Navigating Culture: From Accidental Insults to Cultural Understanding

 In Centre News, Julia

‘Julia, can I speak to you in the other room?’

There was silence around the lunch table that I was sharing with my Brazilian host family at my host grandmother’s special birthday lunch. I looked down at the flowered tablecloth, confused and embarrassed, trying to figure out what had gone wrong in the conversation leading up to this uncomfortable pause. My host grandmother had asked a simple question, how I liked school, and I had answered as enthusiastically as I could with my brand new Portuguese language skills. ‘I really like school and my new friends, Grandmother!’ Now everyone was staring at me and looked angry! What had I done?

Almost everyone who has lived outside of the country they were born and raised in has a story like this, a moment of confusion and shock when you realize you’ve just committed a major faux pas, yet you have no idea what you did wrong. Cultural differences are almost guaranteed to make you uncomfortable at some point, but are you prepared to deal with them?

Two years ago, when the UPEACE Centre for Executive Education began collaboration on the European Commission-funded project ‘Erasmus Mundus Intercultural Competence (EMIC),’ I thought I was all set. I thought I had intercultural competence in the bag.

I mean, I should understand intercultural competence, right? I have spent over a decade of my life studying and working in different parts of Latin America. Over the years I’ve become an expert parrot, skilled in the imitation of accents, vocab words, dress and cultural norms. I’ve learned the importance of an open mind and the power of a smile, how the ability to laugh at yourself can help win over skeptical new acquaintances. And perhaps most importantly, I’ve come to understand the true complexity of culture, that cultural understanding is an on-going and continuous process, no matter what.

The EMIC project was born from a partnership between the University for Peace (Costa Rica), University of Porto (Portugal), University of Deusto (Spain) and Glasgow Caledonia University (London Campus) to examine the needs of Erasmus Mundus international students in Europe. After a baseline study, design of an intervention and a test run with students, the team developed a toolkit of open-source materials designed to foster intercultural competence. The program is now drawing to a close, and as we put the final touches on our Intercultural Competence Toolkit, this ongoing learning has been accentuated. Beyond the specific learning materials produced, my top 3 take-aways from the program are:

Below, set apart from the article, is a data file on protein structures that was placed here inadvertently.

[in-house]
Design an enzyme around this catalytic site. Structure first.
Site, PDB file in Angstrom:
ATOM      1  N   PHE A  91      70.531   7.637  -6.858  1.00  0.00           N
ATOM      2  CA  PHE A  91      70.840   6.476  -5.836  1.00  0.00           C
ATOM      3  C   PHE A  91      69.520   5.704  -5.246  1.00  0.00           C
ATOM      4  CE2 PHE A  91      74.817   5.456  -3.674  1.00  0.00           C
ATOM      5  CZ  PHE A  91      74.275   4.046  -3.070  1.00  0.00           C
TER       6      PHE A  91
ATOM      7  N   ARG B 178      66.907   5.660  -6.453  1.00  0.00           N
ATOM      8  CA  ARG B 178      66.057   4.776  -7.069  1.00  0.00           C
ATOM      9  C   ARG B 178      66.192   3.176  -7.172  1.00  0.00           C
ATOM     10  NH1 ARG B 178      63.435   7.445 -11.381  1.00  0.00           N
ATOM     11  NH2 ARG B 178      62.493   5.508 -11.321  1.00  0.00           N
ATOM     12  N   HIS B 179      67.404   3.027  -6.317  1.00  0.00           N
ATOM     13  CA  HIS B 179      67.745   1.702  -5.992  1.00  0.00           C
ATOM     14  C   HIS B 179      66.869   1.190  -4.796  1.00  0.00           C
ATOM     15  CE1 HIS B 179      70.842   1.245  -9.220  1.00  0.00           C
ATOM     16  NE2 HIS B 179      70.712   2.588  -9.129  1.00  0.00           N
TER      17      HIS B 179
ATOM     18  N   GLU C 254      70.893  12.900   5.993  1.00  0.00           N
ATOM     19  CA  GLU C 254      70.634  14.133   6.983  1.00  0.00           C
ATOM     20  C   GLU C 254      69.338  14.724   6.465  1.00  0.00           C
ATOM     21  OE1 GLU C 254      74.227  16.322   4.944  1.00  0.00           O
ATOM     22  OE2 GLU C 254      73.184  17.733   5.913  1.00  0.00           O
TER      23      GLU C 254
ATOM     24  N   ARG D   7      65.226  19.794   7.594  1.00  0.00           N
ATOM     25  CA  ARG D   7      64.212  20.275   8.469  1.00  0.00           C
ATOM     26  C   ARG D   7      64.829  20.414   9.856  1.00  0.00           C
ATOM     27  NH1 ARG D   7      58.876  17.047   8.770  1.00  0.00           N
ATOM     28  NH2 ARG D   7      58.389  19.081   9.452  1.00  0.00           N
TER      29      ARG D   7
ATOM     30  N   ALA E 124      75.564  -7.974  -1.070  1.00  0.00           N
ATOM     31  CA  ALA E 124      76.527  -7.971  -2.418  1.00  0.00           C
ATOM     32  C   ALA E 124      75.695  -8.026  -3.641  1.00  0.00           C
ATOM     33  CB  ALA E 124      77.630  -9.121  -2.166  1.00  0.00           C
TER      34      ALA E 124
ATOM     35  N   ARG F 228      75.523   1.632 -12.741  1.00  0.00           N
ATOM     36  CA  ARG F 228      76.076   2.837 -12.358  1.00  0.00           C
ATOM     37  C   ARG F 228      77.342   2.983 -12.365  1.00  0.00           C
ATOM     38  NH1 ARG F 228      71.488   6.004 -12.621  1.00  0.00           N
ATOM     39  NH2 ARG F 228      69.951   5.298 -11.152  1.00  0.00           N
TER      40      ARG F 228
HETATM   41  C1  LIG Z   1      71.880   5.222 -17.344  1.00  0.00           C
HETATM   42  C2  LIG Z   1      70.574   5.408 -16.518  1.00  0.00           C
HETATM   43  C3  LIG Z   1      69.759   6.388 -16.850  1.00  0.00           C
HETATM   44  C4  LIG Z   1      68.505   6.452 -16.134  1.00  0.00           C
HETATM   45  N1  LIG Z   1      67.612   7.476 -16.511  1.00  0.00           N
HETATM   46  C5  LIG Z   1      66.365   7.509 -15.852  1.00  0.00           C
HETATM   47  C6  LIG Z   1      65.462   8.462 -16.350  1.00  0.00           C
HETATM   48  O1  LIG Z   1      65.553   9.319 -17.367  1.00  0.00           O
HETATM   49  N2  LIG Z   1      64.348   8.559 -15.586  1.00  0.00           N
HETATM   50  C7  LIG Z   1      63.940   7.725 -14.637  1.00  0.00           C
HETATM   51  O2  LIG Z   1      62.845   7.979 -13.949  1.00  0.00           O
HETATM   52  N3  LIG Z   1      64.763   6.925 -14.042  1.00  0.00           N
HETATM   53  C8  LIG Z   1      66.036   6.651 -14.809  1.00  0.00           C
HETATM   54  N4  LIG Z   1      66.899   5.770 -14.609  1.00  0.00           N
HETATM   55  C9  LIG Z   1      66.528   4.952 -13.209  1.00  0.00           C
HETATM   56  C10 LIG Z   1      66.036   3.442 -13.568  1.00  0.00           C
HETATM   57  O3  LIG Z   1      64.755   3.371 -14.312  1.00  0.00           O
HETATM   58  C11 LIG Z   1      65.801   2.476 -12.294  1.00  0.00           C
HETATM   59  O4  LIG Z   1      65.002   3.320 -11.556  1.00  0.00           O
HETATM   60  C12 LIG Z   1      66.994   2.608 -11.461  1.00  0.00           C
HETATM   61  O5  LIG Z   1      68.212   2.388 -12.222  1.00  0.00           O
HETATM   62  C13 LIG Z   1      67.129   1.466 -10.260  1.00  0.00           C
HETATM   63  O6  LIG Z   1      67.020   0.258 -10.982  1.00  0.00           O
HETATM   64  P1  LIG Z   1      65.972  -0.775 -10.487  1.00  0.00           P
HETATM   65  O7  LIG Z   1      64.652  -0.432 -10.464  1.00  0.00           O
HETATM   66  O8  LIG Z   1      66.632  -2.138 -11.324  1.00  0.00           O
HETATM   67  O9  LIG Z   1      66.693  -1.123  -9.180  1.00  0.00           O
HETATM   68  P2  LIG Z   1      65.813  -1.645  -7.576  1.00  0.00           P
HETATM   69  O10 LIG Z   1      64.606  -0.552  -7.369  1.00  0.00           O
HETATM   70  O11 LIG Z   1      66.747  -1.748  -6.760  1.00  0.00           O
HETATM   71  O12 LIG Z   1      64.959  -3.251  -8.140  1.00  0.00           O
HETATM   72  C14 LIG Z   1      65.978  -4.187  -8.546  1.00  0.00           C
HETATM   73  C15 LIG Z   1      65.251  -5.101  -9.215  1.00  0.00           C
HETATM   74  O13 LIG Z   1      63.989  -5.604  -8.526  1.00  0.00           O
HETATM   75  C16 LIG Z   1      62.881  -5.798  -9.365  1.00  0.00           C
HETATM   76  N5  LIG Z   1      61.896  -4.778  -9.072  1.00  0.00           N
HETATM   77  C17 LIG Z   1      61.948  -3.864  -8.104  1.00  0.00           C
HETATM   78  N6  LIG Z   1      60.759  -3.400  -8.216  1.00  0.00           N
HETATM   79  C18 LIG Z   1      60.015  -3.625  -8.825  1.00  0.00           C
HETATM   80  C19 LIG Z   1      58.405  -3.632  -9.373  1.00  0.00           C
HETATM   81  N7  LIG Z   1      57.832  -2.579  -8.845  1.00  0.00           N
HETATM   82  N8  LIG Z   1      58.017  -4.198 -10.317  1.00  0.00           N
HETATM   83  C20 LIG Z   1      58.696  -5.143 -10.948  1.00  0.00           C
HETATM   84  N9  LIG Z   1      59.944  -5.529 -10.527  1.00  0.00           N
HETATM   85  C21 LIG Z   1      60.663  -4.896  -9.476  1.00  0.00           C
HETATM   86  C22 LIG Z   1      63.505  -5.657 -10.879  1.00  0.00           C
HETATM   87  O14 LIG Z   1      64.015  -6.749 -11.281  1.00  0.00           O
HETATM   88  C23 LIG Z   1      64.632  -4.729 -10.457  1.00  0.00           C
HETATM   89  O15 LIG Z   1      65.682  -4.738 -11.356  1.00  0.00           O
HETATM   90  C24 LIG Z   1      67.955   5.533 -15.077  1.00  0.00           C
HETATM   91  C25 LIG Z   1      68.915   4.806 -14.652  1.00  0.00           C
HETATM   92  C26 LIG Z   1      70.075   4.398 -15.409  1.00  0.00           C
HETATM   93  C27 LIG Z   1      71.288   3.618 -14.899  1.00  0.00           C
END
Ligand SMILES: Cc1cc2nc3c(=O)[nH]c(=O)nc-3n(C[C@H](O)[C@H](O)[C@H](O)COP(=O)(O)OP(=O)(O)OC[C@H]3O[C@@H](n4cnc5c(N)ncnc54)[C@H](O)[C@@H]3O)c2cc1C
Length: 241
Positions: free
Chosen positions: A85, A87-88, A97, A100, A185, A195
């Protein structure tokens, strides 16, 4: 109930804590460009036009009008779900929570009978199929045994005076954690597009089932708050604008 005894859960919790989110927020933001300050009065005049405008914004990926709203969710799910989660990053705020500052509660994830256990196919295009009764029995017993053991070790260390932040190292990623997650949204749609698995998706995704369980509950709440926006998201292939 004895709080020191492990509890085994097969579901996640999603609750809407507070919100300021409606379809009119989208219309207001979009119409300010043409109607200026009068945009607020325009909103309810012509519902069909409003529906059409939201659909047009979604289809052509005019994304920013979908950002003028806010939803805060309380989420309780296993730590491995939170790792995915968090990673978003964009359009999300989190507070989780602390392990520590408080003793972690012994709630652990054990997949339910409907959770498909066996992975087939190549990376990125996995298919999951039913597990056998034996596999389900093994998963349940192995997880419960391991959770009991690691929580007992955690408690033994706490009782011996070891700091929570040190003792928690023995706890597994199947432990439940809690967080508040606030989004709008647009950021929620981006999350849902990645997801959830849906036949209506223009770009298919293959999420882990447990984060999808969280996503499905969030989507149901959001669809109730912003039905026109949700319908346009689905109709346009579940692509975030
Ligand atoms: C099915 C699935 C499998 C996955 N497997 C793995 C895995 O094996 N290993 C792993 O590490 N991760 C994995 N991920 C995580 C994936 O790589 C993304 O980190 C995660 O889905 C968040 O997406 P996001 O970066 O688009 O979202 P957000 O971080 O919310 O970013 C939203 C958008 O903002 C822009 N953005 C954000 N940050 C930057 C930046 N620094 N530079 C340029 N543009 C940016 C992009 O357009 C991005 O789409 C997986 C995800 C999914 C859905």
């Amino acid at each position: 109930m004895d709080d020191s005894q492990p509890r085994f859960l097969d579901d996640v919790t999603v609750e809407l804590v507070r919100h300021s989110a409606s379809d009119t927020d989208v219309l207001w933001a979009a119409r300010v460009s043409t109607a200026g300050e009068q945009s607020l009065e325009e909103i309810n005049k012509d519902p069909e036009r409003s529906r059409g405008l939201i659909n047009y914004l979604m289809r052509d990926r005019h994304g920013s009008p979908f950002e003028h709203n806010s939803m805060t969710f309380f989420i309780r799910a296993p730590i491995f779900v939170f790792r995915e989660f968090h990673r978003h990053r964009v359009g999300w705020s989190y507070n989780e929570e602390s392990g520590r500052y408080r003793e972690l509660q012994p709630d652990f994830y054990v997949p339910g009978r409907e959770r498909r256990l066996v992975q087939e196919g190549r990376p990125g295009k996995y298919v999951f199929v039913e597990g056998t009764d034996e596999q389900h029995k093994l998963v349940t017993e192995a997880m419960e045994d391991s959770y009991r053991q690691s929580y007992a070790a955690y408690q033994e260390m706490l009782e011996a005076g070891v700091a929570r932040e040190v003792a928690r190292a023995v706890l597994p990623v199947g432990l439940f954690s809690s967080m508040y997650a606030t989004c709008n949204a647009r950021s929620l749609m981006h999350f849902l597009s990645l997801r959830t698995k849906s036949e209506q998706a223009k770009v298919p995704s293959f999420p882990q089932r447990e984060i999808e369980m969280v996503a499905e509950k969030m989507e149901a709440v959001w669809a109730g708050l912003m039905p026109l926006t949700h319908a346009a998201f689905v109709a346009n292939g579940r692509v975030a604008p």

1. Theory helps: No matter how much experiential practice you have maneuvering between cultures, there is a great deal of power in knowing and understanding a studied framework to help digest and process the differences the world throws at us.
  2. You can work on these things: Soft skills can be developed; A powerful moment for me came in hearing students reflect on the learning experience with the EMIC toolkit, and hearing more than one mention an empathy-building exercise in which you must literally sit in the chair of the person you have a conflict with and discuss from their side. We all know empathy is important, but how often do we truly take the time to practice it?
  3. Just keep at it: Intercultural competence is a lifelong process. Even the most practiced of border-jumpers can and should work consciously to continuously recognize and develop skills to keep improving.

Back to my moment of stunned silence at the Brazilian dinner table. When my host mother pulled me into the other room to talk to me, disapproval painted firmly on her face, she launched into a speech about language ‘we do and do not use in this house.’ Bewildered, I thought back on what I had said. ‘I really like school Grandmother.’ The word I used for emphasis, my version of a Portuguese ‘really,’ was slang. I’d heard it said in two ways, both of which appeared, to my non-native ears, to simply be ways to accentuate what you were saying. It turns out I had used the R-rated version, instead of the PG version.  I had brought extremely coarse and vulgar language to our family lunch table and aimed it directly at my host grandmother! No wonder everyone was upset!

My intercultural competence learning continues as I make my way through my seventh year living in Costa Rica. Working on the EMIC project has helped. Our final product is a toolkit that can be implemented with students facing new and challenging international circumstances – a game plan to help run a face-to-face learning workshop and a follow-up online portion to ensure reflection and continued learning. I know I could have used this workshop years ago to help me navigate and better understand my uncomfortable grandmother-cursing experience!

Think you might be interested in the toolkit? Watch the video for more information or download the toolkit to learn more!


Julia Delafield is the Co-Director of the UPEACE Centre for Executive Education.
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  • A U Udoh

    You are not alone in your experiences on intercultural competence in a foreign land irrespective of the number of years spent. I am having the same experiences right now despite having been in my host country for more than two decades. One could always be embarrassed on many occasions arising from differences in the use of even common words, gestures, signs, expressions, etc. It goes to show that, learning is a continuous process irrespective of age, time and place.

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